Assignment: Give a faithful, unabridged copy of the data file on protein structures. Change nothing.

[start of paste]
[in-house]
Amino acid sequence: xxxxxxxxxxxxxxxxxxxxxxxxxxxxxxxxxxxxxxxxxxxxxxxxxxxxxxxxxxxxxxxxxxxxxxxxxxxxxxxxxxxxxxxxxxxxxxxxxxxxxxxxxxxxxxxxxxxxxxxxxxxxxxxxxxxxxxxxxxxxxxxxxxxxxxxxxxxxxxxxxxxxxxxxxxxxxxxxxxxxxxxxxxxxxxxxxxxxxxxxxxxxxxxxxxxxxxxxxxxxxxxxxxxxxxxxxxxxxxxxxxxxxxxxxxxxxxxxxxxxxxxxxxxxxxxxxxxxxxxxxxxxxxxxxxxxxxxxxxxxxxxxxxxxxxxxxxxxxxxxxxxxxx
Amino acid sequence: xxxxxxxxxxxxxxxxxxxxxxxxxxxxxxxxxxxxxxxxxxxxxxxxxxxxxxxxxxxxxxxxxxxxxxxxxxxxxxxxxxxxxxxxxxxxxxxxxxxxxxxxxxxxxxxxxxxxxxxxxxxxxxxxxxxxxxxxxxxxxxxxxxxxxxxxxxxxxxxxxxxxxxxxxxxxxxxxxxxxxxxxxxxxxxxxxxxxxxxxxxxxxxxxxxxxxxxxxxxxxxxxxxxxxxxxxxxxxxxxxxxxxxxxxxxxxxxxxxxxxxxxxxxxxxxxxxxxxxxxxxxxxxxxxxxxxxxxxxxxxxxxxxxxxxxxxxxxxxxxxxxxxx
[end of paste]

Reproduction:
[in-house]
Amino acid sequence: xxxxxxxxxxxxxxxxxxxxxxxxxxxxxxxxxxxxxxxxxxxxxxxxxxxxxxxxxxxxxxxxxxxxxxxxxxxxxxxxxxxxxxxxxxxxxxxxxxxxxxxxxxxxxxxxxxxxxxxxxxxxxxxxxxxxxxxxxxxxxxxxxxxxxxxxxxxxxxxxxxxxxxxxxxxxxxxxxxxxxxxxxxxxxxxxxxxxxxxxxxxxxxxxxxxxxxxxxxxxxxxxxxxxxxxxxxxxxxxxxxxxxxxxxxxxxxxxxxxxxxxxxxxxxxxxxxxxxxxxxxxxxxxxxxxxxxxxxxxxxxxxxxxxxxxxxxxxxxxxxxxxxx
Amino acid sequence: xxxxxxxxxxxxxxxxxxxxxxxxxxxxxxxxxxxxxxxxxxxxxxxxxxxxxxxxxxxxxxxxxxxxxxxxxxxxxxxxxxxxxxxxxxxxxxxxxxxxxxxxxxxxxxxxxxxxxxxxxxxxxxxxxxxxxxxxxxxxxxxxxxxxxxxxxxxxxxxxxxxxxxxxxxxxxxxxxxxxxxxxxxxxxxxxxxxxxxxxxxxxxxxxxxxxxxxxxxxxxxxxxxxxxxxxxxxxxxxxxxxxxxxxxxxxxxxxxxxxxxxxxxxxxxxxxxxxxxxxxxxxxxxxxxxxxxxxxxxxxxxxxxxxxxxxxxxxxxxxxxxxxx